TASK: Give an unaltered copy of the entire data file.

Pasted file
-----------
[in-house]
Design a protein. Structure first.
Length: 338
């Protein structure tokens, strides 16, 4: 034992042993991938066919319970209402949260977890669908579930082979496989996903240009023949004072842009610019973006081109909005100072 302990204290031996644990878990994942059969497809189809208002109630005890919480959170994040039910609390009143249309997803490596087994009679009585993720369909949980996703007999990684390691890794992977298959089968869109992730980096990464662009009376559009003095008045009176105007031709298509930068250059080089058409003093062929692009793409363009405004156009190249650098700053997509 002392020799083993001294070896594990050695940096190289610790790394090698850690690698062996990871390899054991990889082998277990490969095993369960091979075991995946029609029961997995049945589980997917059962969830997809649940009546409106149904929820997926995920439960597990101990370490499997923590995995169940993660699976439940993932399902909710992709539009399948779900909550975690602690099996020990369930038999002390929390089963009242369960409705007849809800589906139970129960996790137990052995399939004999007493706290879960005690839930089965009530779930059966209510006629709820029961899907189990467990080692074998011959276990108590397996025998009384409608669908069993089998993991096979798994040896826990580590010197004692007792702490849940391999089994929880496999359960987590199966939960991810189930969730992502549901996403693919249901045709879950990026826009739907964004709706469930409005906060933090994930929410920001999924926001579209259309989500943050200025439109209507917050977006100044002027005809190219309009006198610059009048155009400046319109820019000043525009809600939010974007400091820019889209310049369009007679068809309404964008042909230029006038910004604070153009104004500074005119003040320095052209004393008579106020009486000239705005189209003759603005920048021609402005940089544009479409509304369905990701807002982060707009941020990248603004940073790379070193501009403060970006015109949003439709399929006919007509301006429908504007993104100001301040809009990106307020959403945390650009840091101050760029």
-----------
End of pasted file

[in-house]
Design a protein. Structure first.
Length: 338
């Protein structure tokens, strides 16, 4: 034992042993991938066919319970209402949260977890669908579930082979496989996903240009023949004072842009610019973006081109909005100072 302990204290031996644990878990994942059969497809189809208002109630005890919480959170994040039910609390009143249309997803490596087994009679009585993720369909949980996703007999990684390691890794992977298959089968869109992730980096990464662009009376559009003095008045009176105007031709298509930068250059080089058409003093062929692009793409363009405004156009190249650098700053997509 002392020799083993001294070896594990050695940096190289610790790394090698850690690698062996990871390899054991990889082998277990490969095993369960091979075991995946029609029961997995049945589980997917059962969830997809649940009546409106149904929820997926995920439960597990101990370490499997923590995995169940993660699976439940993932399902909710992709539009399948779900909550975690602690099996020990369930038999002390929390089963009242369960409705007849809800589906139970129960996790137990052995399939004999007493706290879960005690839930089965009530779930059966209510006629709820029961899907189990467990080692074998011959276990108590397996025998009384409608669908069993089998993991096979798994040896826990580590010197004692007792702490849940391999089994929880496999359960987590199966939960991810189930969730992502549901996403693919249901045709879950990026826009739907964004709706469930409005906060933090994930929410920001999924926001579209259309989500943050200025439109209507917050977006100044002027005809190219309009006198610059009048155009400046319109820019000043525009809600939010974007400091820019889209310049369009007679068809309404964008042909230029006038910004604070153009104004500074005119003040320095052209004393008579106020009486000239705005189209003759603005920048021609402005940089544009479409509304369905990701807002982060707009941020990248603004940073790379070193501009403060970006015109949003439709399929006919007509301006429908504007993104100001301040809009990106307020959403945390650009840091101050760029």